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11 Bedtime Routines That Will Help You Sleep Through the Night

Set yourself up for a successful slumber with these tips and tricks.

When you were a child, a consistent bedtime routine probably helped you get a good night's rest. As an adult, your habits may have changed, but your needs largely haven't. In fact, the more consistency you bring to bedtime, the more likely you are to fall asleep quickly and stay asleep soundly. The trick is to establish a healthy set of sleep hygiene habits that you can repeat every night. But what, exactly, should you be doing before bed to have your best-ever night of sleep? Read on for 10 expert-approved tips for a bedtime routine that'll set your internal clock to snooze.

RELATED: I'm a Sleep Scientist and These Are the Top 5 Unhealthy Habits I Avoid.

Set an alarm for your bedtime routine to begin.

An anonymous woman waking up in bed and turning off the alarm on her smartphone while lying on her bed.

Setting an alarm to wake you up at the same time every day can be a powerful way to set your circadian rhythm. You can also benefit from setting a gentle alarm before bedtime to let you know when it's time to start your nightly bedtime routine. This way you can "firmly establish a consistent sleep cycle," according to Nathan Baumann, PhD, a Denver-based clinical psychologist who specializes in sleep.

"When sleep is inconsistent, it can affect your circadian rhythm, which is a cycle that our body goes through daily to maintain wakefulness as well as regulate our sleep at night," he shares. "Our body's daily circadian rhythm affects our appetite, energy levels, and when we are primed to initiate sleep

Ideally, you should select a sleep time that aligns with when you naturally begin to feel tired—aiming to get a total of seven to nine hours of sleep every night.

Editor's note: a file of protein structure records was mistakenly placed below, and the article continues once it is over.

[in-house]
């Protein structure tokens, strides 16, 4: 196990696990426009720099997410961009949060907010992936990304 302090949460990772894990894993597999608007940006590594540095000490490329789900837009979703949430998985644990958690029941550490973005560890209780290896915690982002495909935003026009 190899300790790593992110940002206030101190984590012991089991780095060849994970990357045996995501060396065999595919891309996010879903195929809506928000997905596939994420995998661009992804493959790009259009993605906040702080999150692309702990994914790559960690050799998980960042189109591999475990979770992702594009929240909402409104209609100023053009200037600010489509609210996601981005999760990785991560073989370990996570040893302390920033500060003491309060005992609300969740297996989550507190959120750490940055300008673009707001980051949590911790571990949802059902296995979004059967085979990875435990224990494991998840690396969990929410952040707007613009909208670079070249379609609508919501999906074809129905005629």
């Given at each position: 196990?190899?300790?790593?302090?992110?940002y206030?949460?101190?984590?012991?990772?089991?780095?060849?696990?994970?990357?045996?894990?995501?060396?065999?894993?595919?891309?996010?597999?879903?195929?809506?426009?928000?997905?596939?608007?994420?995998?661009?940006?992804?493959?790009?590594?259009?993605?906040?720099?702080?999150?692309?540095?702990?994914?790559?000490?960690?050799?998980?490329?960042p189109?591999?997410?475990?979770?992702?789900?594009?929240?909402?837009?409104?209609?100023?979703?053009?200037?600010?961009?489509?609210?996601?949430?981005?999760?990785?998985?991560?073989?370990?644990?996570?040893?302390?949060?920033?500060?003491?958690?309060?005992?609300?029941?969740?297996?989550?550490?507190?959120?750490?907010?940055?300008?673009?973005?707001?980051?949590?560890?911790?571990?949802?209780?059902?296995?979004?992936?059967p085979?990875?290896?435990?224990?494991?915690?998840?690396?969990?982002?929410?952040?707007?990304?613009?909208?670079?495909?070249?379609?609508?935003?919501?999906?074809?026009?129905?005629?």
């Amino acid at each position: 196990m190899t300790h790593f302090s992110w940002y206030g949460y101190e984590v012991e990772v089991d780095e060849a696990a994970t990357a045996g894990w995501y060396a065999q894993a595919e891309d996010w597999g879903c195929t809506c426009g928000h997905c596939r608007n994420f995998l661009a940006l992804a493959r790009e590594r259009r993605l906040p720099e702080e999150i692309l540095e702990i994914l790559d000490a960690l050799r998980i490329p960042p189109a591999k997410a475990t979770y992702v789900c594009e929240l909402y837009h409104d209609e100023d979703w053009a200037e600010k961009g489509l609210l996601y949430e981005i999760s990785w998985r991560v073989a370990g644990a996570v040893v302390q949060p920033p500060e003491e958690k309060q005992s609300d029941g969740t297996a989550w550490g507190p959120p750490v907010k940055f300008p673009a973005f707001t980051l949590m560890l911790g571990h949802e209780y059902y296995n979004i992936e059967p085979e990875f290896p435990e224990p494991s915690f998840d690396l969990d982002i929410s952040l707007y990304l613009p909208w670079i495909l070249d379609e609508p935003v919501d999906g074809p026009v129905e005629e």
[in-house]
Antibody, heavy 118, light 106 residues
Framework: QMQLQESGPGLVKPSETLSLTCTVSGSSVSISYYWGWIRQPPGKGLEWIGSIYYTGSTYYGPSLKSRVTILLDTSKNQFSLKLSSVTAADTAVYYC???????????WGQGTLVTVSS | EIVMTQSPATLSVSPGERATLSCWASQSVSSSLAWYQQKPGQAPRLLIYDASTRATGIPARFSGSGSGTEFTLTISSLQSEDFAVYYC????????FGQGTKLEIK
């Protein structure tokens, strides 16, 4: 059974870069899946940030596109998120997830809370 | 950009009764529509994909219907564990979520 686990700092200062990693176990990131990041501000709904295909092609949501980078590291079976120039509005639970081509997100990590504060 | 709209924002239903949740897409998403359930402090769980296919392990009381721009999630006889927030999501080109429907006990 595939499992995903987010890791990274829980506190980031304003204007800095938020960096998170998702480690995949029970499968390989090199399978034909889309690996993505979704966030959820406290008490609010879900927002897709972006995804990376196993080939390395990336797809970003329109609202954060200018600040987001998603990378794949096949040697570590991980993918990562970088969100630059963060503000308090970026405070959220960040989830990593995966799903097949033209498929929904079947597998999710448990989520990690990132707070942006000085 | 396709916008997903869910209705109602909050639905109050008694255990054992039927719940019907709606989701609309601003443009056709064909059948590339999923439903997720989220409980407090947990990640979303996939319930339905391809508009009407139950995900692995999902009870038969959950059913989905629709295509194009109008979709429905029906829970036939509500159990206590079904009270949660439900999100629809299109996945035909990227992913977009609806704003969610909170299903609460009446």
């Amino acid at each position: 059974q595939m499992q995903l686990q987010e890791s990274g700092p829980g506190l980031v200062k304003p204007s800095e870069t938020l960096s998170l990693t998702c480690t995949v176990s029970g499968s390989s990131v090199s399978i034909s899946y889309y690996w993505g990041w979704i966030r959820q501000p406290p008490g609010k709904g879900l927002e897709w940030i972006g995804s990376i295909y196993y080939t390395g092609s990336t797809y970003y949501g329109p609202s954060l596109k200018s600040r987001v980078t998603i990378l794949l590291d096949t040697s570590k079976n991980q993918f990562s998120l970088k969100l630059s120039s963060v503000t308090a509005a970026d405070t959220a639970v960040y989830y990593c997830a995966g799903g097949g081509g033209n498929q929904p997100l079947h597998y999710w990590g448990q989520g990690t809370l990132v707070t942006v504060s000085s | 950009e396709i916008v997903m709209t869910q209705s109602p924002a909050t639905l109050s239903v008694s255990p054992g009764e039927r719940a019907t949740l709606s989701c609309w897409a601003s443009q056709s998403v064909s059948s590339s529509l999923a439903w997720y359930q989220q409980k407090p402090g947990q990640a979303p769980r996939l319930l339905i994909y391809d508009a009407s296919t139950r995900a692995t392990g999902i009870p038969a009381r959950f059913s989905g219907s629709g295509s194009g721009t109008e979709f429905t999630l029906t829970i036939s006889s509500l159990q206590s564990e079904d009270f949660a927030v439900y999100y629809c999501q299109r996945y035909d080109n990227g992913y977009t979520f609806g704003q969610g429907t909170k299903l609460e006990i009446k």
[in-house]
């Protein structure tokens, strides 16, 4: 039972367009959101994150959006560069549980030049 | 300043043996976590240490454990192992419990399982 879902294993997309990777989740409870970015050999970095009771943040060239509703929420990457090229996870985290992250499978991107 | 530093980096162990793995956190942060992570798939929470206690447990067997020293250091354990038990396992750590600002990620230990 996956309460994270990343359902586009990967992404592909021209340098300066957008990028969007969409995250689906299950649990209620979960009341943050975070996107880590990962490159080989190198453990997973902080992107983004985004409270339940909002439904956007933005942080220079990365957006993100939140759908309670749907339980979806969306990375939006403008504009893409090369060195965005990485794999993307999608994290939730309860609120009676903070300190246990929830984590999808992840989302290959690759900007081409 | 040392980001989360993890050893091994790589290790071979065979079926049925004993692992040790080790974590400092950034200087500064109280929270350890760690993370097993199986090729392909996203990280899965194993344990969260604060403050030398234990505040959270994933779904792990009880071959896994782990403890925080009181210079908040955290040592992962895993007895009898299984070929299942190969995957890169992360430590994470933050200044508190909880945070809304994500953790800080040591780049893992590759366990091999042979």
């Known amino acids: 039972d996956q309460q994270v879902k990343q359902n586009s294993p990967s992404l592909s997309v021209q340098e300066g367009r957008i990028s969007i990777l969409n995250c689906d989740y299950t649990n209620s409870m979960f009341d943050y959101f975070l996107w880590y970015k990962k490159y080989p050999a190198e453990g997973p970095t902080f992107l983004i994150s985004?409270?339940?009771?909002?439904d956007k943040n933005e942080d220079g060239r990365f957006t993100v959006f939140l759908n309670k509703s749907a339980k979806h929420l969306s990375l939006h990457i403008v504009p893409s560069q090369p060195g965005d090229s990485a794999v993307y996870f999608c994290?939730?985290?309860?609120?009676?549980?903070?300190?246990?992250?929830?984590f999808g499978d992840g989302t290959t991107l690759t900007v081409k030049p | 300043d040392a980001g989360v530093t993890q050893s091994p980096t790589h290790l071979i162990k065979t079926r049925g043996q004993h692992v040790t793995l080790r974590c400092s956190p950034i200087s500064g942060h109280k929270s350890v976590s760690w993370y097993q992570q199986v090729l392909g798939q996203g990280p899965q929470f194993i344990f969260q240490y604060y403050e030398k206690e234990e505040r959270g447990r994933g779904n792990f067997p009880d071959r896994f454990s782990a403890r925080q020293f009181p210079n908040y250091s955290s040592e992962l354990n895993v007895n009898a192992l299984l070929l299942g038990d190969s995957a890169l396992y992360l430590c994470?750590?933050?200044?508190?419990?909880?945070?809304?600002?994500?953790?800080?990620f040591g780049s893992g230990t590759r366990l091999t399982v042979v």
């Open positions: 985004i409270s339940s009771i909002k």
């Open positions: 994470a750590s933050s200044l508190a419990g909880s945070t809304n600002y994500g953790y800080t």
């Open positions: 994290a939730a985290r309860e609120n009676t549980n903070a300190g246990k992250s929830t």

Take a warm bath before bed.

Photo of a young woman using a phone while taking a bubble bath; checking her social media and news online, relaxing, and having a spa day at home.

According to a 2019 meta-analysis published in Sleep Medicine Reviews, taking a warm bath or shower an hour or two before bedtime can help you sleep better. But the reason may seem counterintuitive.

"There's actually good science behind this," Matthew Walker, PhD, neuroscientist and sleep specialist at the University of California, Berkeley, said during an interview on NPR's Life Kit podcast.

Your core body temperature needs to fall by two to three degrees Fahrenheit to initiate good sleep, according to Walker.

"The way it works is this: For you to get your heat out of the core of your body, you actually need to release that core heat through the outer perimeter surfaces of your body, namely your hands and your feet," he explained.

When you take that bath, you're bringing your blood to the surface so that your hands and feet can act as "radiators of that heat," Walker continued. "So you are essentially like a snake charmer—you are charming the heat out of the core of your body to the surface of your body."

RELATED: 6 Tips to Sleep Cooler on Hot Nights, Experts Say.

Lower your thermostat.

Man using a smart system at his house

Another way to help lower your core temperature while you sleep is to lower the temperature in your home before bed.

"The thermal environment is a key determinant of sleep because thermoregulation is strongly linked to the mechanism regulating sleep," researchers explain in a 2012 study published in the Journal of Physiological Anthropology. "Excessively high or low ambient temperature may affect sleep even in healthy humans without insomnia."

But what exactly is the ideal temperature for falling and staying asleep? The National Sleep Foundation (NSF) recommends keeping things on the cooler side at around 60 to 67 degrees Fahrenheit.